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How To Set Up an SSH Key For Secure Connections

 

You can use a secure key for SSH, instead of a password.


The Secure Shell Protocol (SSH) is perhaps the most well-known means to make a secure connection between a client machine (your laptop, phone or desktop) and a remote server in an office, data center or in your home network. You’ll likely use SSH if you want to get to the command line on your web hosting service or a headless Raspberry Pi. SSH is available in some form for nearly every operating system, and often it is integrated into the OS.


Most servers give you a choice of connecting to SSH via a password or via SSH keys, which are more secure. The SSH key method uses cryptographically-generated public and private keys to create an encrypted connection between devices.


Our public key is stored on the remote machine and a private key is stored on our machine. The two SSH keys are required to make a secure connection. Keys can also be used with passphrases to add another level of security, but they can also be used without, for example in automated processes.


Preparing the Remote Server for SSH Keys

Our remote machine can be in a data center run by a web hosting service, our office or home. Typically Linux servers such as VPS and cloud hosting will have SSH running by default, using passwords for secure logins. If this is not the case, you will need to enable SSH via the control panel for your VPS / cloud service. If you are using a home server, then it is possible that it may not be installed. If that is the case, follow these steps before moving onwards.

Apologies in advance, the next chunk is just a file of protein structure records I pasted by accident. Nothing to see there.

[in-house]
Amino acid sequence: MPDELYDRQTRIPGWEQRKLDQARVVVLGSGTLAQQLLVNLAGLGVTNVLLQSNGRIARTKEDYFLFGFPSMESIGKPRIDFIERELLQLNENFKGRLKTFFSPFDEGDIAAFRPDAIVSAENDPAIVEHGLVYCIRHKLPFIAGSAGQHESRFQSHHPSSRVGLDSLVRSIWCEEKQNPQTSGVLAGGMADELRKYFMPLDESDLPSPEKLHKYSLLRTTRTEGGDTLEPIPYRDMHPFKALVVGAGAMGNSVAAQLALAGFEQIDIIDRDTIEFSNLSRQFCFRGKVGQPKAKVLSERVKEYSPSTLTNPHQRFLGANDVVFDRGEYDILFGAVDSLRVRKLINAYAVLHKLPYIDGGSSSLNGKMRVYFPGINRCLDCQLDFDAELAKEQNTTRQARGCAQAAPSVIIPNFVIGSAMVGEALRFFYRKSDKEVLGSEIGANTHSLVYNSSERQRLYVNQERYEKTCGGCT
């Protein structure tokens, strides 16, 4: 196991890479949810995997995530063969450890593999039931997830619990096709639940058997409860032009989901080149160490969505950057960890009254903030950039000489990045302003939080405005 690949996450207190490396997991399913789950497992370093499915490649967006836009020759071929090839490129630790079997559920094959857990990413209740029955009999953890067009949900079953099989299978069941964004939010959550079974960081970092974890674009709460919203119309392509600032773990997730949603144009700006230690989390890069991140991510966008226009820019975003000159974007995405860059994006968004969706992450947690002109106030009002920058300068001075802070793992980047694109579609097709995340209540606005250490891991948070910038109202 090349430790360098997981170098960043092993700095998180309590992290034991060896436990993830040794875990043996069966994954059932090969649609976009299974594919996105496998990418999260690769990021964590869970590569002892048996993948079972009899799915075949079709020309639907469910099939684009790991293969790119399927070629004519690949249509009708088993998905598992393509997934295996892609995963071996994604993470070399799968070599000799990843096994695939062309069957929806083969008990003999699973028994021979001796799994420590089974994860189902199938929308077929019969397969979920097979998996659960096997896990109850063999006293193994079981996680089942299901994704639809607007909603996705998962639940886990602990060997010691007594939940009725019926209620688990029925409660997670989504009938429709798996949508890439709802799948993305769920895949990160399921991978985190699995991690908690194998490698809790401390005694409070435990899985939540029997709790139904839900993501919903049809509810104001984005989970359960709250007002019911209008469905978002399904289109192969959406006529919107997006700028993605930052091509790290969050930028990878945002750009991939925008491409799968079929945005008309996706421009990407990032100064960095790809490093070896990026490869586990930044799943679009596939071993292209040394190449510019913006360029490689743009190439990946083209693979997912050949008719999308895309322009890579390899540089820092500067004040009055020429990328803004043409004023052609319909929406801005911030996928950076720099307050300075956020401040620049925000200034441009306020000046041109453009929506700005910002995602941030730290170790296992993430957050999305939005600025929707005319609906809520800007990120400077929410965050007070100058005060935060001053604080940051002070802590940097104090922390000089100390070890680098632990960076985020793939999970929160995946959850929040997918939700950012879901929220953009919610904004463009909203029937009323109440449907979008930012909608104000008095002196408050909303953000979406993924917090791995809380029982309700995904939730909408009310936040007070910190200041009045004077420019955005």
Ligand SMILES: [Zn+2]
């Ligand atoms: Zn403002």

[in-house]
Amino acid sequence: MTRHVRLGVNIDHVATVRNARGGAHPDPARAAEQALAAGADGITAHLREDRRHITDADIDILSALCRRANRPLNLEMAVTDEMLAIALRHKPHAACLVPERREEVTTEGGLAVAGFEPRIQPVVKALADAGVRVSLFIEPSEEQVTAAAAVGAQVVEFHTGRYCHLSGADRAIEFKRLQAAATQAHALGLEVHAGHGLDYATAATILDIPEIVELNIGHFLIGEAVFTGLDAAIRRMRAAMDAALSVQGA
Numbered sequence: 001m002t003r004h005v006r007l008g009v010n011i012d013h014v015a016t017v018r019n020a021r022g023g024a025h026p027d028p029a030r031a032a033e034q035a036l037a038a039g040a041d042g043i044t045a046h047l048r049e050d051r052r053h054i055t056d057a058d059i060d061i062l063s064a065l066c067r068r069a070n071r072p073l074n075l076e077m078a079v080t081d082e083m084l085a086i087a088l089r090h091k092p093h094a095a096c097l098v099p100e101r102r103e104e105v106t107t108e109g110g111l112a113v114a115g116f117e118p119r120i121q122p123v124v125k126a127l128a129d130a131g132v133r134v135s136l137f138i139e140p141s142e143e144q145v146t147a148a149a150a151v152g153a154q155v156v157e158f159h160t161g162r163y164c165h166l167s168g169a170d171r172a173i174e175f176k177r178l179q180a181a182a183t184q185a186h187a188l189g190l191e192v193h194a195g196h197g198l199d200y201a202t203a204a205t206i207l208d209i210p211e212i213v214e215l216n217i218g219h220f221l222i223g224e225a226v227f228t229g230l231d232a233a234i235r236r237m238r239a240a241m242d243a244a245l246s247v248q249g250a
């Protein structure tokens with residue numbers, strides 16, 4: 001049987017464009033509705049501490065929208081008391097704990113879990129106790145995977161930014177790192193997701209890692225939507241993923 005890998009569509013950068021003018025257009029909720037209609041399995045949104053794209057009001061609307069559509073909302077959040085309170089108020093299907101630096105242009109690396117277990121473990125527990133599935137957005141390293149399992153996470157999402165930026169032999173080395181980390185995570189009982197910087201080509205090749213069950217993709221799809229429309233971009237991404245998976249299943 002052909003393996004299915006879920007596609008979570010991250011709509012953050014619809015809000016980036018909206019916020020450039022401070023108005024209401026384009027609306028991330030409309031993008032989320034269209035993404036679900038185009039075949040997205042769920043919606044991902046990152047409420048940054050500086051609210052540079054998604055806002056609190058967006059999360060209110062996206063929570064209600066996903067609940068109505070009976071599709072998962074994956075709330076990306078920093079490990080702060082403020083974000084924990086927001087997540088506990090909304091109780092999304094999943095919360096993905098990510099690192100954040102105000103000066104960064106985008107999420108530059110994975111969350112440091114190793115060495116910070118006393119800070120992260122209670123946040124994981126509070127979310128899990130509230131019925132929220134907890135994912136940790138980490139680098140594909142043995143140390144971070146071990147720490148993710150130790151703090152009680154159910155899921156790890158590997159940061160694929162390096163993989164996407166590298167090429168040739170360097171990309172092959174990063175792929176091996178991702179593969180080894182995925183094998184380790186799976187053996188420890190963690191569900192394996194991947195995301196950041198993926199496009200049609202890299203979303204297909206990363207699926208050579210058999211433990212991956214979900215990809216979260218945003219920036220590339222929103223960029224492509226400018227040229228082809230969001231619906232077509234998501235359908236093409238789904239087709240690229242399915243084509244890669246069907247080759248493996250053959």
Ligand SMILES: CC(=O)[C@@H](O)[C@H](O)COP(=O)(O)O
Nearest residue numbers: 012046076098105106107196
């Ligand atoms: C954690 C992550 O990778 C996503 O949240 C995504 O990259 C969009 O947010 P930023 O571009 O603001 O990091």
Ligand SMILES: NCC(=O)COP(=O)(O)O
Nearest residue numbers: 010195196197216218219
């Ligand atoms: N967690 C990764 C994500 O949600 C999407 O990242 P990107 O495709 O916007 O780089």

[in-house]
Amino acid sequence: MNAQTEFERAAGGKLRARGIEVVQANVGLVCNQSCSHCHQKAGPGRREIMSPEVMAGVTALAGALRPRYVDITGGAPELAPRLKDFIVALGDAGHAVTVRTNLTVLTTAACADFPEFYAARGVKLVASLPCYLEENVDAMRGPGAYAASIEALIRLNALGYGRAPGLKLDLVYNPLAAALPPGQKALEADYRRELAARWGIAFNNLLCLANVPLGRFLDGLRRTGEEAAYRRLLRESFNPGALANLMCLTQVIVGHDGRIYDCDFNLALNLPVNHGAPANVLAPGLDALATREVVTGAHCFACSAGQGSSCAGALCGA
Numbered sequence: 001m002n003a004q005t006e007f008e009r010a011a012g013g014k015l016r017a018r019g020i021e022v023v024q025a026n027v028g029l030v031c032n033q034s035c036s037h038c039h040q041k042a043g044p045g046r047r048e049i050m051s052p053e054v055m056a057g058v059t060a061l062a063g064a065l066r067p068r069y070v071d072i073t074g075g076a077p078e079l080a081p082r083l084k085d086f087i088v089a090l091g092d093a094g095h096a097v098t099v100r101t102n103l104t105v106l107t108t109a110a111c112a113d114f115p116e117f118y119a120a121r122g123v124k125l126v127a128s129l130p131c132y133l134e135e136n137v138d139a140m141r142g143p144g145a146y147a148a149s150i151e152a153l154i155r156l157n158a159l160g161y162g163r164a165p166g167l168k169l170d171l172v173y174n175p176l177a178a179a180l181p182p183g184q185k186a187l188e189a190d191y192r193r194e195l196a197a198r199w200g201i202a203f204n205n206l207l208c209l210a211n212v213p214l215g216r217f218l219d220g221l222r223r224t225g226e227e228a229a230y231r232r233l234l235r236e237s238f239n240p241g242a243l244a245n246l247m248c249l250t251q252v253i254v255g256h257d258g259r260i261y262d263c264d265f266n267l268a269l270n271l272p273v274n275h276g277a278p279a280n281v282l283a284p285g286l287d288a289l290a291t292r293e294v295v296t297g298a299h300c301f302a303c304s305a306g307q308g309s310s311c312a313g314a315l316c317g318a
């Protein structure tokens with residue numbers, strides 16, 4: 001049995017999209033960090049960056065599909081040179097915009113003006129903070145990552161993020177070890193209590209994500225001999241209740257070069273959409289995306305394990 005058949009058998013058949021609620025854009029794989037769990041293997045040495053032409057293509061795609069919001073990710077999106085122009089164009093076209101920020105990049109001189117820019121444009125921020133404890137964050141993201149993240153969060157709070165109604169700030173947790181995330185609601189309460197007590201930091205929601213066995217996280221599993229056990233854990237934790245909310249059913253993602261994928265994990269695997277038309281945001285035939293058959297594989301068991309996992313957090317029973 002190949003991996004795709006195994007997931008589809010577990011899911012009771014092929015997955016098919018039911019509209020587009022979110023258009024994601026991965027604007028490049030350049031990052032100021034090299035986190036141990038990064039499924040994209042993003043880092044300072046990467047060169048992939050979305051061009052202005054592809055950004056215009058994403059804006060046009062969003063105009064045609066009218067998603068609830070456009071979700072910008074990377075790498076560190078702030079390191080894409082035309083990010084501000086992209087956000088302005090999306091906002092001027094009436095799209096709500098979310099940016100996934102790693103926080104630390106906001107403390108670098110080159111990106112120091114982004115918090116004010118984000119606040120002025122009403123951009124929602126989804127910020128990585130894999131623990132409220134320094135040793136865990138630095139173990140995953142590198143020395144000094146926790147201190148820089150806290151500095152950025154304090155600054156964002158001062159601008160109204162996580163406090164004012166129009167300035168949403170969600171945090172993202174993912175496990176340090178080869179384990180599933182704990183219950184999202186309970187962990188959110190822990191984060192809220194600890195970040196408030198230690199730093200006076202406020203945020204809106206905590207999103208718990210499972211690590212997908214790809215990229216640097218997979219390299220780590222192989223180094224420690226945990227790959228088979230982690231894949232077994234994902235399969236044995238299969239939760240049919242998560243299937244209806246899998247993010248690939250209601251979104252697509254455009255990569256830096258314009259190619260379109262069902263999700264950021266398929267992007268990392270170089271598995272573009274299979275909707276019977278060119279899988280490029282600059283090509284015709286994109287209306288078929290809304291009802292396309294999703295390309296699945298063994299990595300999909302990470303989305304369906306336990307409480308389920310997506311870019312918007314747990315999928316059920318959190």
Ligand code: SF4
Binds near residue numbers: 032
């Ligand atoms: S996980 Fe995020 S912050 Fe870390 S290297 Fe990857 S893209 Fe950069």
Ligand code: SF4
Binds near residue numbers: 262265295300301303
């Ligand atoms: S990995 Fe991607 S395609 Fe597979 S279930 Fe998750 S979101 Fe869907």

1. Open a terminal and check for a running SSH service on the machine. If the SSH service is running it will return Active: active (running).


sudo service ssh status

2. On the physical server, open a terminal and install OpenSSH Server. You will need to be sat in front of the machine to issue these commands.

sudo apt update

sudo apt install openssh-server


3. Start the SSH service.

sudo service ssh start


4. In your home directory create a hidden directory called .ssh.

mkdir .ssh


5. Close the connection by pressing CTRL+D or typing exit and pressing Enter.


Copying the Public Key to the Remote Server

The public key is stored on our remote server, and it interacts with the private key on our trusted machine to form a secure connection. In order to get the public key to our server we need to securely copy (scp) the file across.


1. In a Command Prompt use the scp command to securely copy the id_rsa.pub to your home directory on the remote server. You will need to know the IP address or hostname of the remote computer. In our example we copied the file to [email protected]:/home/testuser/

scp id_rsa.pub [email protected]:/home/username


2. SSH into the remote computer.

ssh [email protected]


3. Verify that the id_rsa.pub file is present in your home directory.

ls *.pub


4. Copy the contents of the file into a new file in the .ssh directory. Using the cat command we send the contents to the file, authorized_keys using a pipe that appends the data to the file (>>).

cat id_rsa.pub >> .ssh/authorized_keys


5. Close the SSH connection by pressing CTRL + D or by typing exit.


6. Reconnect via SSH to the remote computer. If you created a passphrase for your SSH key, you will be prompted for it.


via tomshardware

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